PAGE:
JPMorgan Chase will pay $5.1 billion to settle charges it overstated the quality of mortgages and mortgage-backed securities sold to Freddie Mac and Fannie Mae, US officials said Friday.
The Federal Housing Finance Agency, which regulates the two government-backed financing giants, had accused the bank, and two subsidiaries, Bear Stearns and Washington Mutual, of causing "billions of dollars" in losses to the two mortgage finance companies.
The settlement resolves part of the tab as the US's biggest bank by assets proceeds with negotiations with the US over a broader pact to resolve mortgage-related violations.
The larger ($4.0 billion) of the two settlements relates to $33.8 billion in residential mortgage-backed securities sold by JPMorgan to Fannie and Freddie between 2005 and 2007, according to the FHFA's 2011 complaint.
JPMorgan "falsely" told Freddie and Fannie the underlying mortgages met the two agencies' standards for quality. In practice, the assets were much lower quality than claimed.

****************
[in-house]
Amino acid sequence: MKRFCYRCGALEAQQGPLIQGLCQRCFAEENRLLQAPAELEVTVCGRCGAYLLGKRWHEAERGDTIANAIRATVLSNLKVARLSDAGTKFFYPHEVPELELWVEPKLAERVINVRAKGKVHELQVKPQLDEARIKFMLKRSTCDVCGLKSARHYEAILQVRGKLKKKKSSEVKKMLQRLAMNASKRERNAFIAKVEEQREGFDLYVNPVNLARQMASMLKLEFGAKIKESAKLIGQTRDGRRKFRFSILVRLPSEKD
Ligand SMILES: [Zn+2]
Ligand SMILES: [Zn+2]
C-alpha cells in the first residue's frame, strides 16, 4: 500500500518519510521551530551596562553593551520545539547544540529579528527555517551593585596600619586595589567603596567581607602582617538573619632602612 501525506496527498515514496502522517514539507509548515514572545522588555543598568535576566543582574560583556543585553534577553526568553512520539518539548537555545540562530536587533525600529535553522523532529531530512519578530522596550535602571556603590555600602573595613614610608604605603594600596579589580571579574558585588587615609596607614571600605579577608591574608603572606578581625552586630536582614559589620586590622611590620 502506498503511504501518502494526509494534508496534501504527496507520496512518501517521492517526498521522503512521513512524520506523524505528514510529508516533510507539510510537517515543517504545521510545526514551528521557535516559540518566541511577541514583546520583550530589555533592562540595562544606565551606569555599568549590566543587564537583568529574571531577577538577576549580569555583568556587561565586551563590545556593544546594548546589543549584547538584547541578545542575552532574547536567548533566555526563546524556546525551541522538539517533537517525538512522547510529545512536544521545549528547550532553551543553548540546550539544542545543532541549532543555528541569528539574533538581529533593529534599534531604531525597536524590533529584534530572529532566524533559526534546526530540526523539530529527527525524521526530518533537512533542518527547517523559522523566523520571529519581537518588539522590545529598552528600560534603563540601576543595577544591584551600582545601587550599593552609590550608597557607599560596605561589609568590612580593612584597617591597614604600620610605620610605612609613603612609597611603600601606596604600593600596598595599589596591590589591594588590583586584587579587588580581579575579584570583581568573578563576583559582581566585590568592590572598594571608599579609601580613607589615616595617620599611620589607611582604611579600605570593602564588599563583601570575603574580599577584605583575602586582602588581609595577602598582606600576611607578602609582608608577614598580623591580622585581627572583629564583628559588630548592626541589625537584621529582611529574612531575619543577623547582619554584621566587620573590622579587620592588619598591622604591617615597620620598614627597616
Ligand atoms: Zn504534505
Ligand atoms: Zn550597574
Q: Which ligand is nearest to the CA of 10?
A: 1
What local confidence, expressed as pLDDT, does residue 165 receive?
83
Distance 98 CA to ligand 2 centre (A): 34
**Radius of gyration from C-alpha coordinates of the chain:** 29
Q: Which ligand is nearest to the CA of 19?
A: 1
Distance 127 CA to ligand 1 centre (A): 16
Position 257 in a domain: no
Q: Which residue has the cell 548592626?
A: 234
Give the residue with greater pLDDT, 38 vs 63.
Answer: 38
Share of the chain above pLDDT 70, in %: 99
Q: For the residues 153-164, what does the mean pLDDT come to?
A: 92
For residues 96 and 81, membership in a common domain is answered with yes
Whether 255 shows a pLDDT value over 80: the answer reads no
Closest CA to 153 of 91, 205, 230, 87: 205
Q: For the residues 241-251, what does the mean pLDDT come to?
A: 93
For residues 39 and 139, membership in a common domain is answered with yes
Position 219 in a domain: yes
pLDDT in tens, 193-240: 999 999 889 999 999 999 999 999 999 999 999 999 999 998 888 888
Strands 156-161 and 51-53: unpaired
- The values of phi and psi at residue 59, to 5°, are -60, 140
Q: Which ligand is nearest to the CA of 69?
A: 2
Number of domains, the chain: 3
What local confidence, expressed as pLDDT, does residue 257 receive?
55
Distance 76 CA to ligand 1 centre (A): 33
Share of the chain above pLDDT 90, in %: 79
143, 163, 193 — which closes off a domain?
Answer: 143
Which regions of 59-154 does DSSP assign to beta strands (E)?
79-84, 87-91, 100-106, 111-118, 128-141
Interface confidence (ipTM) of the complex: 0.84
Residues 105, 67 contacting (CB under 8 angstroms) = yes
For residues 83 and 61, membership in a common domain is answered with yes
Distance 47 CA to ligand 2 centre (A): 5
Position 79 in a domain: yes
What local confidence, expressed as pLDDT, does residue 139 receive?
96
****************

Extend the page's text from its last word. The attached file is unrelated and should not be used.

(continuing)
The FHFA said that "constitutes negligent misrepresentation, common law fraud and aiding and abetting fraud," the FHFA complaint said.
The settlement relates to securities sold to Fannie and Freddie by JPMorgan itself and also by Bear Stearns and Washington Mutual, which were acquired by JPMorgan in 2008.
FHFA Acting Director Edward J. DeMarco said the settlement "provides greater certainty in the marketplace and is in line with our responsibility for preserving and conserving Fannie Mae's and Freddie Mac's assets on behalf of taxpayers."
"This is a significant step as the government and JPMorgan Chase move to address outstanding mortgage-related issues."
A JPMorgan statement called Friday's agreement "an important step towards a broader resolution of the firm's (mortgage-backed securities)-related matters with governmental entities."